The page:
I’m not gonna lie. I’m tired.
I don’t particularly want to be writing, right now. I’d rather be sleeping. This day just kicked my butt, and I’m ready for it to be over. But it’s not. It just keeps going.
I should not be this tired. My day was not that strenuous. Yes, I was up early, but that’s normal for me. I went for a walk, but the pace was leisurely. Other than that, I didn’t do anything particularly demanding, either physically or mentally.
But this is the time for fatigue to set in. I’ve been expecting it. For the foreseeable future, I will be wiped out by things that others think nothing of. As Susan Peirce Thompson puts it, it’s time to put my bunny slippers on. To treat myself gently, to not expect too much from myself.
There’s a part of me that just relishes that picture. It’s so different from the way I treated myself when my Food Controller was in charge. She thought the only way to achieve my goals was to push me as far as my strength allowed. To the breaking point. I can remember spending hours in the little gym in the basement at school. If I didn’t end a workout feeling nauseous and dizzy, it wasn’t good enough. When fainting on my way to the showers was a realistic possibility, that controlling part of me was pleased beyond anything. She was so proud of me.
I would lose weight. That was the important thing. I was strong enough. I would claw my way out of this mess I’d gotten myself into. I could do it.
But the rest of me was crying out at the brutal treatment. Such a strange mixture of elation and misery. Eventually, I would rebel, and the relief at not having to put myself through that anymore was amazing – at the same time, my controlling part was frustrated that I was ruining all her hard work, and my inner critic flooded me with guilt. Which I drowned out with food, of course. So much fun.
So the idea of purposefully moving slowly, of resting my body while keeping my lines bright, is attractive. My food controller is satisfied with the food limits. The indulgers are appeased with naps. My inner critic is a little harder to please – it thinks I could do more. But I’ll try to reason with it.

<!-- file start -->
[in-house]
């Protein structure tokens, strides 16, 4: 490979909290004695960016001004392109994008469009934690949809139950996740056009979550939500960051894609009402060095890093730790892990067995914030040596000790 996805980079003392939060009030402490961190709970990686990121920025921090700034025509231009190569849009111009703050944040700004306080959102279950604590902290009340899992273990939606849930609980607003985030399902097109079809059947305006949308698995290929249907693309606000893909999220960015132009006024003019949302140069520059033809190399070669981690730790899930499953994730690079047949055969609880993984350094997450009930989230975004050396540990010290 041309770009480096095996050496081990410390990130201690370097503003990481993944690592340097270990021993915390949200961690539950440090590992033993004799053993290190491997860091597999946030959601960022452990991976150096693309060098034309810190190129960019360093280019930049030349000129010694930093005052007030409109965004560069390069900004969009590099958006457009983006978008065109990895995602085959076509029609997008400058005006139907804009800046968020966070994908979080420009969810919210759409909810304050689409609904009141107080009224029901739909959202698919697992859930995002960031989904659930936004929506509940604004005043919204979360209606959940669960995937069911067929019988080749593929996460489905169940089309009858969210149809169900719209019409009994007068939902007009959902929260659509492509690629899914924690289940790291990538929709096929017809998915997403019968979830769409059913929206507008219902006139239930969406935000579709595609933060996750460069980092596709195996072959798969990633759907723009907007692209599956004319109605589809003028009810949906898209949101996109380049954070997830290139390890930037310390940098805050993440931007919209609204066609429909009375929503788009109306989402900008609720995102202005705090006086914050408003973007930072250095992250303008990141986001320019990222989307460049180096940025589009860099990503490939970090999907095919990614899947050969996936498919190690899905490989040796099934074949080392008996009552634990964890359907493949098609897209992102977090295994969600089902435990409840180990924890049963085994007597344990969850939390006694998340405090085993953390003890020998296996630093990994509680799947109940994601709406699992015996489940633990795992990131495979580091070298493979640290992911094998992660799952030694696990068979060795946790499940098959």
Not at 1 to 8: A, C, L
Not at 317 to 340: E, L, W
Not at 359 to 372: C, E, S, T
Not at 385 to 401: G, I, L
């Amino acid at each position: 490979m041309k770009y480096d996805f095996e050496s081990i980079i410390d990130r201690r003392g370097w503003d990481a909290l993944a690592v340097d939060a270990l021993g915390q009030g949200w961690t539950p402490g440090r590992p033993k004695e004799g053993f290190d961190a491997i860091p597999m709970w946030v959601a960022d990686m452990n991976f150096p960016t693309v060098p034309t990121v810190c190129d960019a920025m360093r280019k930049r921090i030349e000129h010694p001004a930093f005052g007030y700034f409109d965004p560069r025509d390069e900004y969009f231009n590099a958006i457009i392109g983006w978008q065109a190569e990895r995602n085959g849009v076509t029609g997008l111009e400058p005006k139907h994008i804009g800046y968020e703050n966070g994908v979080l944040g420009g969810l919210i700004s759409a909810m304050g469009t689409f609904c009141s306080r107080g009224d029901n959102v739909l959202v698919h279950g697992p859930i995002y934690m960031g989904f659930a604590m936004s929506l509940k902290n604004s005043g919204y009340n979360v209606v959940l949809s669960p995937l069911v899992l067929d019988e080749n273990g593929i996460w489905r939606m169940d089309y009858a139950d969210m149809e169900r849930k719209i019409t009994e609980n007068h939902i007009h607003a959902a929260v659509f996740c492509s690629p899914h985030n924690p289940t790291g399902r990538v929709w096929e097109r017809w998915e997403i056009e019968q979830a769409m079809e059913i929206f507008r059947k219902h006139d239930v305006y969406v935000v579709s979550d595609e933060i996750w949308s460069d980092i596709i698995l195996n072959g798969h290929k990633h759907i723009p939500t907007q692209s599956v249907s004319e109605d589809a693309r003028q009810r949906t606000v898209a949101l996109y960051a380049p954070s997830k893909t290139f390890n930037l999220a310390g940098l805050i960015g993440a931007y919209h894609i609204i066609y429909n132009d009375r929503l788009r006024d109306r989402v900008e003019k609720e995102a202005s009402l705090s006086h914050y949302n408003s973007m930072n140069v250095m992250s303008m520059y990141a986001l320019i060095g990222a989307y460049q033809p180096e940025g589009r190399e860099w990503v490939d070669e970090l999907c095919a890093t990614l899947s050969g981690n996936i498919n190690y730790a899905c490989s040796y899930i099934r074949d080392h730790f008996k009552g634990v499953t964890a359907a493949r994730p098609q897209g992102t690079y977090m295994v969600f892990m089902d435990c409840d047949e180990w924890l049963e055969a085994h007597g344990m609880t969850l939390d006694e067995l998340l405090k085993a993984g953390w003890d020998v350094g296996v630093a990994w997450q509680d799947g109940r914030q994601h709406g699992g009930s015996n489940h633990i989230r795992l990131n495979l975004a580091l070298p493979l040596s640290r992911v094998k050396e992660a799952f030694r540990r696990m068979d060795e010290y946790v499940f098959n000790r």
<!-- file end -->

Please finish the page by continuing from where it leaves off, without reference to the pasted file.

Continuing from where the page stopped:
More importantly, the wounded little girl is so happy, she could cry. This is exactly what she wants: to be taken care of. She’s been sick, and she needs time to recover. Not just a few days, or weeks. She needs months.
It makes sense, in a way. I have been sick. Addiction has played havoc with my mind. And physically, obesity is a horrible, debilitating condition. Physiologically, it really is no different from any other illness. It puts the same kind of stress on your body – no organ system escapes unscathed. Recovery time from any illness is generally related to the length of the illness itself – and I’ve been sick with this for years. I can’t expect to just bounce back right away.
So it’s time for self-care. I’ll be sleeping in, tomorrow. I couldn’t go to sleep early tonight, needing to get this post done, but that’s ok. Writing is good for me. It’s been super helpful tonight – I’ve reminded myself that I don’t have to push through this fatigue. I can accept it. I can accommodate it. I can take a break. And eventually, I will get better. I will want to walk faster. To use my muscles. To put in long, productive hours.
For everything, there is a season.
I kind of wish this season hadn’t landed in spring, the time of year when the sun invites me to wake early, to go outside, to stay out late. It’s much easier to justify curling up in front of a fire with a blanket and hot tea when it’s snowing outside. But I’ll adjust. I’ll lie in the sun and soak up the vitamin D. I’ll walk on the beach. I’ll listen to calming music while I study. I can be active next spring.